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Obama: Gadhafi's "actions have consequences"

By Ed Henry, CNN Senior White House Correspondent
President Obama arrives in Brazil on Saturday with his family for a meeting with President Dilma Vana Rousseff.
President Obama arrives in Brazil on Saturday with his family for a meeting with President Dilma Vana Rousseff.
STORY HIGHLIGHTS
  • President says military action not chosen lightly
  • He stresses military action is part of an international collaboration
  • Obama doesn't plan to shorten trip

Brasilia, Brazil (CNN) -- U.S. President Barack Obama defended his decision to authorize U.S. involvement in the military action in Libya by casting himself as a reluctant warrior, saying he and other key U.S. allies had no choice but to act because of fears that Moammar Gadhafi was planning to kill more of his own people.

"I want the American people to know that the use of force is not our first choice and it's not a choice that I make lightly," Obama said. "But we cannot stand idly by when a tyrant tells his people that there will be no mercy, and his forces step up their assaults on cities like Benghazi and Misrata, where innocent men and women face brutality and death at the hands of their own government."

Obama added pointedly: "Actions have consequences, and the writ of the international community must be enforced. That is the cause of this coalition."

Obama spoke to reporters here in Brazil shortly after U.S. cruise missiles were launched against targets in Libya. Between trade talks, he got a phone update from U.S. Secretary of State Hillary Clinton, who was in Paris meeting with French President Nicolas Sarkozy, British Prime Minister David Cameron and other key allies.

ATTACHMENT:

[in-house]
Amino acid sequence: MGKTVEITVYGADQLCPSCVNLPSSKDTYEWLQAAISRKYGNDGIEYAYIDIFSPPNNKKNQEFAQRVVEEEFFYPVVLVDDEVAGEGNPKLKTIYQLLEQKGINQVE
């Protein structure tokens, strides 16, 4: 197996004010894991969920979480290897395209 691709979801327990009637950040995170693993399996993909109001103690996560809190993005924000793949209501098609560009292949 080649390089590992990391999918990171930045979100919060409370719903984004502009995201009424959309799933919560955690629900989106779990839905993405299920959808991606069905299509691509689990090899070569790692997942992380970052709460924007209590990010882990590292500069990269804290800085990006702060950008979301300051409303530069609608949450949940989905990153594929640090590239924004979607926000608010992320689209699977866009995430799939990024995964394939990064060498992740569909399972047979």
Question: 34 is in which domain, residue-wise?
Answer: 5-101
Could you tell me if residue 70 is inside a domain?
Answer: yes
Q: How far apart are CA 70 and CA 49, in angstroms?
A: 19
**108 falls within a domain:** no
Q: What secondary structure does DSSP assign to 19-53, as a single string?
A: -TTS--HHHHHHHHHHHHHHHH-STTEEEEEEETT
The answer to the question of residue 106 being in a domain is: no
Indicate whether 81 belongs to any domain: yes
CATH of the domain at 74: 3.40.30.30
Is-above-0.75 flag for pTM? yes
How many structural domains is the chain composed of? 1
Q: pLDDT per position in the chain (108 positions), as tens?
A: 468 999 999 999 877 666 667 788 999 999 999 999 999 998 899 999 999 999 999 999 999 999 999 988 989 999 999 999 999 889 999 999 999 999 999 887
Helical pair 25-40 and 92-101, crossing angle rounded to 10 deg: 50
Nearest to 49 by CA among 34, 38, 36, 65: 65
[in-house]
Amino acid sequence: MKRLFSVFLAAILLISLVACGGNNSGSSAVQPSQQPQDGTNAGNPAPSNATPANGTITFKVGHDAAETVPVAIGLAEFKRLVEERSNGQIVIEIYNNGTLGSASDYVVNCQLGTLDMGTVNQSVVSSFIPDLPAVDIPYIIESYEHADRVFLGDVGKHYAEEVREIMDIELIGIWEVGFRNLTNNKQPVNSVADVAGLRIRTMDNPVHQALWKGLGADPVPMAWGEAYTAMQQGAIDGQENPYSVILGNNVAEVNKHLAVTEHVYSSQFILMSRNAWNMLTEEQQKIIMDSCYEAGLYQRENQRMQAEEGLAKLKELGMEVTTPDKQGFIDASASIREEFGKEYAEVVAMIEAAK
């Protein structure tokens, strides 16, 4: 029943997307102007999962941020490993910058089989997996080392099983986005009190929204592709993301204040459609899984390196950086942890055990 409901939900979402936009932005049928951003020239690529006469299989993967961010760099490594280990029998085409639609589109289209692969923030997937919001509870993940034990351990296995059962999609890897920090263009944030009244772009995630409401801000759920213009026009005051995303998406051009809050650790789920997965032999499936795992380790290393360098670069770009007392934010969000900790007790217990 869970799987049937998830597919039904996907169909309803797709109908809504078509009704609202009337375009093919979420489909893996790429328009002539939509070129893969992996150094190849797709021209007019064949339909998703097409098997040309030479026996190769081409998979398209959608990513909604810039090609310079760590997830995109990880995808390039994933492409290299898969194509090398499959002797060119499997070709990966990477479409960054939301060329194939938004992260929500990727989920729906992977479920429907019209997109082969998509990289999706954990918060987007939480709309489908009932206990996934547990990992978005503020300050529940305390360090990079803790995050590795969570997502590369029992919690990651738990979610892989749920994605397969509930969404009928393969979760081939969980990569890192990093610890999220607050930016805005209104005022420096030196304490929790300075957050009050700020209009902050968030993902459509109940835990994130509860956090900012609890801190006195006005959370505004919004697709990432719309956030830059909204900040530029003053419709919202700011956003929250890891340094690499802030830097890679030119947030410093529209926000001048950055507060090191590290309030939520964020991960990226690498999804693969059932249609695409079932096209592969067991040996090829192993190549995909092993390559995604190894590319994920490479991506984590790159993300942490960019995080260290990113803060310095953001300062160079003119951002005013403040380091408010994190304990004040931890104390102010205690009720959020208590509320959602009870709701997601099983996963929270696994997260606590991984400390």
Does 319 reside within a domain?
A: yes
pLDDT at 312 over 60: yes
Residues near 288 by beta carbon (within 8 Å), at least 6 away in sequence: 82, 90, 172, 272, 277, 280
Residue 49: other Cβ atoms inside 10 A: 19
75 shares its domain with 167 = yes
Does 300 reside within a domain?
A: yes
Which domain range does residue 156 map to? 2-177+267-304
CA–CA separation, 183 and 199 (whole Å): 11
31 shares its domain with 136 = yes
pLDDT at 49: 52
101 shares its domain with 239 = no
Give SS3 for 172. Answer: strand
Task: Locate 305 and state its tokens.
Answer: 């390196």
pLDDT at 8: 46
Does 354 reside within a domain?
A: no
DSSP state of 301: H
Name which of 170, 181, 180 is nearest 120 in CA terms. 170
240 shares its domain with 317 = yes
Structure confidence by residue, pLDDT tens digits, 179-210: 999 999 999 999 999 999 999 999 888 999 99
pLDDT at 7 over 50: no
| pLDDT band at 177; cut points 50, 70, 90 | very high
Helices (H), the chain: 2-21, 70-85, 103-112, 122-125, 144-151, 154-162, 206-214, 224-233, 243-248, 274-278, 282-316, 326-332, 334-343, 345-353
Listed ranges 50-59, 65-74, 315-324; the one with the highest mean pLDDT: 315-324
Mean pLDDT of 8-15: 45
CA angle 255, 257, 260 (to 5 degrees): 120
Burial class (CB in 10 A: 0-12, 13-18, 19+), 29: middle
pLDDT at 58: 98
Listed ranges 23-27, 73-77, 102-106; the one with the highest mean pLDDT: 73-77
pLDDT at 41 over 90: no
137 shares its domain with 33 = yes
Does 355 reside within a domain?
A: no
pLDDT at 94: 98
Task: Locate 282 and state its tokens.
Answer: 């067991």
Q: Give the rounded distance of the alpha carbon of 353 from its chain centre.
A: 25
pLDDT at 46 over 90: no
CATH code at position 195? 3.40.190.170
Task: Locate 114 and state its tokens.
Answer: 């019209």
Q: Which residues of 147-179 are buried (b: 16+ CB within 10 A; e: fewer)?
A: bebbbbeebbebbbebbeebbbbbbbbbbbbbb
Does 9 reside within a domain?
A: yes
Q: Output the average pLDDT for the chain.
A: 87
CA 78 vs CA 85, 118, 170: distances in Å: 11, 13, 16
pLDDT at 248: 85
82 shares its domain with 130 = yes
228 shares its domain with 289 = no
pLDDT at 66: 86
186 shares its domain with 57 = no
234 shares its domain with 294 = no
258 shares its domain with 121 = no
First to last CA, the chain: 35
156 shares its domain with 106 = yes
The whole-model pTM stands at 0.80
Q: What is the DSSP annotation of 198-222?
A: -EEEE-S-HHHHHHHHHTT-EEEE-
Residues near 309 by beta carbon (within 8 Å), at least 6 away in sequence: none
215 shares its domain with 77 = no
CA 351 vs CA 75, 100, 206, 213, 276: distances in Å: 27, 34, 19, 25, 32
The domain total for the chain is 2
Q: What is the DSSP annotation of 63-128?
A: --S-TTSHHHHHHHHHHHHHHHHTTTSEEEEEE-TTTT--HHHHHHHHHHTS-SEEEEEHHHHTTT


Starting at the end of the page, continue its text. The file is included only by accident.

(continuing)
Aides said Obama has no plans to cut short his five-day trip to this region because he has secure communications wherever he goes around the world and is traveling with top aides like National Security Adviser Tom Donilon and Chief of Staff Bill Daley, who can offer face-to-face briefings. Obama will visit Rio on Sunday before heading to Chile and El Salvador later in the week.

In an interesting symbolic twist, Obama authorized U.S. military force from here on the eighth anniversary of the start of the war in Iraq. No doubt with that conflict in mind, Obama sought to address lingering concern around the world about unilateral U.S. military action.

He said he is "deeply aware" of the risks of any military action and repeatedly stressed that key members of the international community have come together to confront Gadhafi in Libya.

"In this effort, the United States is acting with a broad coalition that is committed to enforcing United Nations Security Council Resolution 1973, which calls for the protection of the Libyan people," Obama said. "That coalition met in Paris today to send a unified message, and it brings together many of our European and Arab partners."

A senior U.S. official also emphasized to CNN that Obama is privately planning for the U.S. portion of the military action in Libya to last for only a few days.